Getting Started In Chess : Part 2 – Selecting Your Chessmen

Let’s get physical.

In this post, we will cover the physical characteristics of what I believe make good chessmen. We briefly touched on this topic when I defined the dimensions of the perfect chess board in a previous blog. As you can probably guess the plan is to pair these pieces with those boards. Let’s get our pieces.

Leave “Artistic Pieces” On The Wall

Before we get into what we should be looking for, let’s define what we don’t want. We don’t want “Artistic Pieces”. These are sometimes sold in non-chess related catalogs or websites. They usually have a theme like civil war pieces or maybe a popular show like Game of Thrones. They can have weird abstract shapes or are made out of unusual materials.

Let me clarify that there is nothing wrong with buying these for your chess collection or to display. Once your friends discover you are a chess player they will undoubtedly gift you some of these. I own several of these myself, and I love looking at them.  Sharing them with my friends is a lot of fun. However, these are not what you want to use if you are interested in improving your game. The pieces are part of that important pattern recognition skill that I told you about when we covered the ideal board. You want consistency.

Top 5 Reasons Not To Practice/Study With Artistic Pieces
  1. These artistic pieces are not allowed in a tournament. If you ever decide to play in a tournament you want to make sure you have been using tournament standard pieces to sharping your pattern recognition skills. If you spend time learning to recognize non-standard pieces you will have to retrain your brain when that next step comes.
  2. Artistic pieces don’t pair well with our ideal board. Because of their unique shapes, they usually come with their own board that was designed for them.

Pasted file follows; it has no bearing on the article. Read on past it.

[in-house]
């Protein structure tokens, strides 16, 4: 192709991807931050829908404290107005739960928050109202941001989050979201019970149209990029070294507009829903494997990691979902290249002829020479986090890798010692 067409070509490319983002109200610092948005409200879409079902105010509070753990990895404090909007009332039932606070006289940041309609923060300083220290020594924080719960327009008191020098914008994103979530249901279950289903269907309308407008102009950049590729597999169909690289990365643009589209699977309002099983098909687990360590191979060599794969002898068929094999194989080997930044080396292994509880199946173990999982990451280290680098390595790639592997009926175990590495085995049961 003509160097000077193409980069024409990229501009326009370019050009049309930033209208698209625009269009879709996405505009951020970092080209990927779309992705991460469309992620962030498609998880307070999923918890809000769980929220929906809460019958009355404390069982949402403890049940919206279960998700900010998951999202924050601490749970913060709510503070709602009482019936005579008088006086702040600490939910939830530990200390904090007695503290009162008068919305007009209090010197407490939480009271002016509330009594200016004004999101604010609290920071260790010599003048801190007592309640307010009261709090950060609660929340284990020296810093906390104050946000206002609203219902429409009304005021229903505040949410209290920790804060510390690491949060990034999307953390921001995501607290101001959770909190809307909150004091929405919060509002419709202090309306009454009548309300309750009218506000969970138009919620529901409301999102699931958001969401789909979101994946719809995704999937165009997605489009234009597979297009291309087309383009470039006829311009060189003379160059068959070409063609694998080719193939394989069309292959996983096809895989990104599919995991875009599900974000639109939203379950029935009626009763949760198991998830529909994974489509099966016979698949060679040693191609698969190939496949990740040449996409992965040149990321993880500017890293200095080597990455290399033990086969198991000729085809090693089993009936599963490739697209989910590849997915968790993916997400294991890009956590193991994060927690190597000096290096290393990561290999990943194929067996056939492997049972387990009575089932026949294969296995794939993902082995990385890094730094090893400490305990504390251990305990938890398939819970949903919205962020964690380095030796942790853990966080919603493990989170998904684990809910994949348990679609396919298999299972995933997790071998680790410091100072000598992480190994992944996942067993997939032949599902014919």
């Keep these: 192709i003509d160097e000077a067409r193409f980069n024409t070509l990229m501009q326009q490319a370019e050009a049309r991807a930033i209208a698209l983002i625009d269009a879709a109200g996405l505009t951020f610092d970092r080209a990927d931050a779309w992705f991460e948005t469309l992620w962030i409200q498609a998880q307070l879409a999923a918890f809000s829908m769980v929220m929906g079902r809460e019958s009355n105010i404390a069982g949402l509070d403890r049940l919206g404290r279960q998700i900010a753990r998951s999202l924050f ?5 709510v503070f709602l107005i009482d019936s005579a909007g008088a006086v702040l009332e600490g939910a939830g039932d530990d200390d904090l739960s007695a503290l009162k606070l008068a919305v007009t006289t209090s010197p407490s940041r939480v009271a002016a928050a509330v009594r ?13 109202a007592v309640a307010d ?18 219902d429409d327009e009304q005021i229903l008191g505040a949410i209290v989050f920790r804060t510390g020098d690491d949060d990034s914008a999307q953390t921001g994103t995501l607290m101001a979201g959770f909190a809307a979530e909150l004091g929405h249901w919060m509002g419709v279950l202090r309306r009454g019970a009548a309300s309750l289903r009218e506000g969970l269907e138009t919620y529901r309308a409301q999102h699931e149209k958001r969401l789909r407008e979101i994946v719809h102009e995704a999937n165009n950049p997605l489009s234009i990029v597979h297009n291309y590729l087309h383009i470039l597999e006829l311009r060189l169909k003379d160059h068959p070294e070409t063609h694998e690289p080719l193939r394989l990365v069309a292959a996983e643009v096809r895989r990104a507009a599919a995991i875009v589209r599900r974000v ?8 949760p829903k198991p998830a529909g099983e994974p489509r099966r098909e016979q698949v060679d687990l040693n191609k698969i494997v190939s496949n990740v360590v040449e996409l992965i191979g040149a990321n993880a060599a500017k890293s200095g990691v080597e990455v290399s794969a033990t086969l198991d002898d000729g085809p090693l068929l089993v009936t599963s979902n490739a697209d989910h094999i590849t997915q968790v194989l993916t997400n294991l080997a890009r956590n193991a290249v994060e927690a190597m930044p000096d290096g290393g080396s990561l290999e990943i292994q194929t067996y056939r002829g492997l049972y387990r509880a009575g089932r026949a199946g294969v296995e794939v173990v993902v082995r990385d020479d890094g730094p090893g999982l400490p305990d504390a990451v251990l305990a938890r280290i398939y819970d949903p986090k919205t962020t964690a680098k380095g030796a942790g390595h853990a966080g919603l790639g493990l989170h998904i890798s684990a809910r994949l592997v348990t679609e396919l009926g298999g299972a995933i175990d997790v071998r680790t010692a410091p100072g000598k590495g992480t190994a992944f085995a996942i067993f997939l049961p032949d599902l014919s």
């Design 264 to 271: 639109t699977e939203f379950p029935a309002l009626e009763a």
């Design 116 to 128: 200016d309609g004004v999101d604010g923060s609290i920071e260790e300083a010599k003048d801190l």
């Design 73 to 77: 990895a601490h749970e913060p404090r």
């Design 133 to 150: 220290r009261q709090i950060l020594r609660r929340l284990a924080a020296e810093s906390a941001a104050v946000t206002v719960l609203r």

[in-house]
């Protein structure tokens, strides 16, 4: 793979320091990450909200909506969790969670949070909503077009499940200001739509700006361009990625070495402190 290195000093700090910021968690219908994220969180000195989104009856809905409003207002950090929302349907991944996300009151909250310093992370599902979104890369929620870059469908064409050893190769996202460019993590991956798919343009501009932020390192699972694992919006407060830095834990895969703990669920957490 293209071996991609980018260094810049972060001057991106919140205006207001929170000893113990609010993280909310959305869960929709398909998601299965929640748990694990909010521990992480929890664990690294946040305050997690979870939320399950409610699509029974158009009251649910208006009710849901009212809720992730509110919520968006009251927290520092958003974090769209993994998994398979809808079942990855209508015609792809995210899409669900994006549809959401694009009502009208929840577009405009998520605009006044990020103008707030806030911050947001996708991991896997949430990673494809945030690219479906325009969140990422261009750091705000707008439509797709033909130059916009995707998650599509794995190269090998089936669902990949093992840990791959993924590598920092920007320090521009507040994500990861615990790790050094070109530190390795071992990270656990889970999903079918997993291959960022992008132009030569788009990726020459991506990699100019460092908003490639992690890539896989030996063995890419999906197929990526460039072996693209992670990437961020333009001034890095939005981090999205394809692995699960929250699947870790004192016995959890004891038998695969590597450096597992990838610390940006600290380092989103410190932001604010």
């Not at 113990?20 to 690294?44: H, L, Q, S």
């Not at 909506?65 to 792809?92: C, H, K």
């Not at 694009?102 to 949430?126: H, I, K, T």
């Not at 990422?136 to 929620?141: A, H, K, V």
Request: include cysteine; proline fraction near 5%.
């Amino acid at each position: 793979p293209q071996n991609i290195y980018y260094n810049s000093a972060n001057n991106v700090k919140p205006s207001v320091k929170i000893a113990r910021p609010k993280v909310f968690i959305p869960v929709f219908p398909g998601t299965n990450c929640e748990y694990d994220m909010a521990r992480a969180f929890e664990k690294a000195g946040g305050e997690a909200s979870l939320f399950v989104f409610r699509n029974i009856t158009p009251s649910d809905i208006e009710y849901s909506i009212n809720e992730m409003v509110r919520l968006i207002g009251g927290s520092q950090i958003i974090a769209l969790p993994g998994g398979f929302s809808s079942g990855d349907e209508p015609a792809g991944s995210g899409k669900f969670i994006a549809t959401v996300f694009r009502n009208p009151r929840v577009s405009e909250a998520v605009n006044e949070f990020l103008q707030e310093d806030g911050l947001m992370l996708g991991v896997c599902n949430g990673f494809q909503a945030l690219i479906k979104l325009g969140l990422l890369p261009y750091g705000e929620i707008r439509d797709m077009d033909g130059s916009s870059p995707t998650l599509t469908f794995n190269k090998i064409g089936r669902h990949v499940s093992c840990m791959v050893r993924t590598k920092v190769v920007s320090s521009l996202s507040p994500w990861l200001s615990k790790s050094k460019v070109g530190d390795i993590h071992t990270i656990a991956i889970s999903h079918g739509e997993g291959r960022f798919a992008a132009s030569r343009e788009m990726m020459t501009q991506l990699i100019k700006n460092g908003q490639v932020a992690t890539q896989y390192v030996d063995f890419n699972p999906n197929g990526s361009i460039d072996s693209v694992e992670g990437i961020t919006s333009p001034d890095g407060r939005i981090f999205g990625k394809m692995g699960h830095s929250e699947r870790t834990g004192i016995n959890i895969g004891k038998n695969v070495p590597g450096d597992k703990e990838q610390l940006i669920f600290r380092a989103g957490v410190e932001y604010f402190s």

3. Many of the artistic pieces only have subtle differences between the pieces which make it difficult to distinguish them from one another. Identifying the different pieces should be easy. You should never have to ask yourself if that is a pawn or bishop.
  4. They are not well weighted or balanced. You probably didn’t expect this to be a criterion, but it isn’t on my list by accident. The more you play the more you will appreciate the importance of a piece that feels “right” in your hand. You will also understand the frustration that accompanies a piece that isn’t balanced and falls over at the slightest touch.
  5. The material that they are made from is for aesthetic appeal, not everyday use. My first marble chess set didn’t make it ten moves before one of those slippery little buggers fell out of my hand and smashed on the floor. I still have that set and I think those 32 pieces have turned into about 96.
Let The Real Chessmen Loose

Now that we have identified what is wrong let’s jump right into the solution. The answer is that we want to narrow our search to what is the standard pieces excepted for official tournament play just like we did with the board. It may sound like I’m too focused on playing in tournaments, but I’m trying to save you from making mistakes that are easily avoidable. The chessmen approved for tournament play were not selected at random. They have been refined and tested under all sorts of conditions for over 100 years. Why not take advantage of this knowledge?  Even if you don’t think you will ever play competitively the benefits of following this advice will make your casual games more enjoyable too.